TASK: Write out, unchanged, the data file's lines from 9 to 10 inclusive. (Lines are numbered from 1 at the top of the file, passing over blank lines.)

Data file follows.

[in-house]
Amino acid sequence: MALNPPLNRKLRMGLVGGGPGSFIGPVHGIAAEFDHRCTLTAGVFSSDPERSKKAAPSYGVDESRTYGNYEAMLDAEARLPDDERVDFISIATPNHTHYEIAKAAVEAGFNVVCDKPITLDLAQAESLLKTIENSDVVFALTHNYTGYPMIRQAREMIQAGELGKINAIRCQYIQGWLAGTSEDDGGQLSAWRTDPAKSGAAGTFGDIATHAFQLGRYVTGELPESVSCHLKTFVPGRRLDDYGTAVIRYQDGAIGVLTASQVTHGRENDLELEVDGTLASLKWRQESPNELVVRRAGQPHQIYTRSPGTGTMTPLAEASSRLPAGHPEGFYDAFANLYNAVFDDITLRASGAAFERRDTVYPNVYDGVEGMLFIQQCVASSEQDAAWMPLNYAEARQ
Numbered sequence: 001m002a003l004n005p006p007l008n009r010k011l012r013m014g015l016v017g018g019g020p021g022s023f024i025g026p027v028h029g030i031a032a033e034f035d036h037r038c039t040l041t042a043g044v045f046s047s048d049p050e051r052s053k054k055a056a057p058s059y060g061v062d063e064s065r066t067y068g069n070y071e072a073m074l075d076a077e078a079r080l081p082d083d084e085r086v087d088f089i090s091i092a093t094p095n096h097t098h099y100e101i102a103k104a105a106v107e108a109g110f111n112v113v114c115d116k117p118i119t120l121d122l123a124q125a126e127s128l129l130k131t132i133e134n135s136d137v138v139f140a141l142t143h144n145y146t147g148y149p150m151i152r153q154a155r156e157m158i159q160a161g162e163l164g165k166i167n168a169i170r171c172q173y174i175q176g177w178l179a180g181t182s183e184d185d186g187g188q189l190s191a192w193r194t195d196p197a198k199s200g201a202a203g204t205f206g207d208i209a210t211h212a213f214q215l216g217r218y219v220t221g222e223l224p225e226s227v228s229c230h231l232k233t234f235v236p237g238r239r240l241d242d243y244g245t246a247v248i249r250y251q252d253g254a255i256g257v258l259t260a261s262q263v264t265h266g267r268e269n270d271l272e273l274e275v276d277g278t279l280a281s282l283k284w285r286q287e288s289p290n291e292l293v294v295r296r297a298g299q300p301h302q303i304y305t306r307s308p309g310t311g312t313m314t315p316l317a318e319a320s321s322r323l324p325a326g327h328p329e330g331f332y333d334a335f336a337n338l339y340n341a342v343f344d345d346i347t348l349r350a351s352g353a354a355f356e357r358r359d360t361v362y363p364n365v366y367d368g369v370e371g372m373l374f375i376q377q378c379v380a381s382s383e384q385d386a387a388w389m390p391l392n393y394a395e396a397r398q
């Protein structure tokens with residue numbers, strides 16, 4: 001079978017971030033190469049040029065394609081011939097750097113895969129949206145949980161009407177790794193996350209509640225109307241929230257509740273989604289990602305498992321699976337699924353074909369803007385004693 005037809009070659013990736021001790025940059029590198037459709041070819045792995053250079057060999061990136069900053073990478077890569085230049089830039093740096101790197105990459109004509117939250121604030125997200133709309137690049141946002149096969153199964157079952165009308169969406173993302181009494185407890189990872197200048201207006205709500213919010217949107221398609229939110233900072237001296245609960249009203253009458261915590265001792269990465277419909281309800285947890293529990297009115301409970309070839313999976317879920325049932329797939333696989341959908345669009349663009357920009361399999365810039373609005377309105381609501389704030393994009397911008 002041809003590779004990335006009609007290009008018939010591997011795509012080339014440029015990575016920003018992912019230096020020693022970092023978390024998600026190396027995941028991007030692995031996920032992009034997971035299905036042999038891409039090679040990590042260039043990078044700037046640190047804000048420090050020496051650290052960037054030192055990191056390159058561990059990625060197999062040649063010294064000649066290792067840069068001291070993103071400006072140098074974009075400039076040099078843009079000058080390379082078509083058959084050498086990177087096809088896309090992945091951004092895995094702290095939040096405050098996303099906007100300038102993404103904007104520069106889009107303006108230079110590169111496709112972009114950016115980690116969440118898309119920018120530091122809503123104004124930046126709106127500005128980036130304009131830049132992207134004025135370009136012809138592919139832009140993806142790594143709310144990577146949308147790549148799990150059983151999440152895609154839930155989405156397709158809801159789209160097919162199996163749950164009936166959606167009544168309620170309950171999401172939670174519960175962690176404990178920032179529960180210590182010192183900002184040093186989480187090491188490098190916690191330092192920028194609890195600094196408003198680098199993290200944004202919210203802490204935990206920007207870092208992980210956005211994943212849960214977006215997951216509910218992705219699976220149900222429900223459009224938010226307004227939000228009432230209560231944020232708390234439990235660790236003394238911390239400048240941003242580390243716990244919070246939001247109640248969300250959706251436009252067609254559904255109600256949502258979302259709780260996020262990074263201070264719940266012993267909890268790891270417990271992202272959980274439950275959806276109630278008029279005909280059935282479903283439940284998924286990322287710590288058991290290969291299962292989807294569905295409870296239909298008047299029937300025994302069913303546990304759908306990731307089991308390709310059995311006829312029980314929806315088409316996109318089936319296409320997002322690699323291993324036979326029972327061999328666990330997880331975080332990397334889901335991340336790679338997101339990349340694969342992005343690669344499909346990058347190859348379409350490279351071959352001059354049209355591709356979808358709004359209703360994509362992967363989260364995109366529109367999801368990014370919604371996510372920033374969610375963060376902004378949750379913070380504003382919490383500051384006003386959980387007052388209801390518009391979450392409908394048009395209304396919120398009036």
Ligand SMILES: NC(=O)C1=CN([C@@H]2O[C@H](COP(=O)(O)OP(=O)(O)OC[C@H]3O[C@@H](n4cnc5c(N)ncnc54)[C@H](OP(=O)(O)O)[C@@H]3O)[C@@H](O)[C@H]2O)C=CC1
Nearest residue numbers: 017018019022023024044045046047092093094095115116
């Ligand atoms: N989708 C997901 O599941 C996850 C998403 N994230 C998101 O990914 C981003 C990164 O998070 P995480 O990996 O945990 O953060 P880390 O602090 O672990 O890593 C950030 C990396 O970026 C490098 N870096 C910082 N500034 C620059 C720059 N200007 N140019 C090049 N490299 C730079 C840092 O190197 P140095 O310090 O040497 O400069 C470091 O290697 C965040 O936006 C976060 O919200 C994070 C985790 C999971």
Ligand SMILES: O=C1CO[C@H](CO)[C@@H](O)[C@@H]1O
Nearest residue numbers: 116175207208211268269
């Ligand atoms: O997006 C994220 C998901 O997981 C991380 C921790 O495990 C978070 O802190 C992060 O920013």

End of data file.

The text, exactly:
Nearest residue numbers: 116175207208211268269
């Ligand atoms: O997006 C994220 C998901 O997981 C991380 C921790 O495990 C978070 O802190 C992060 O920013």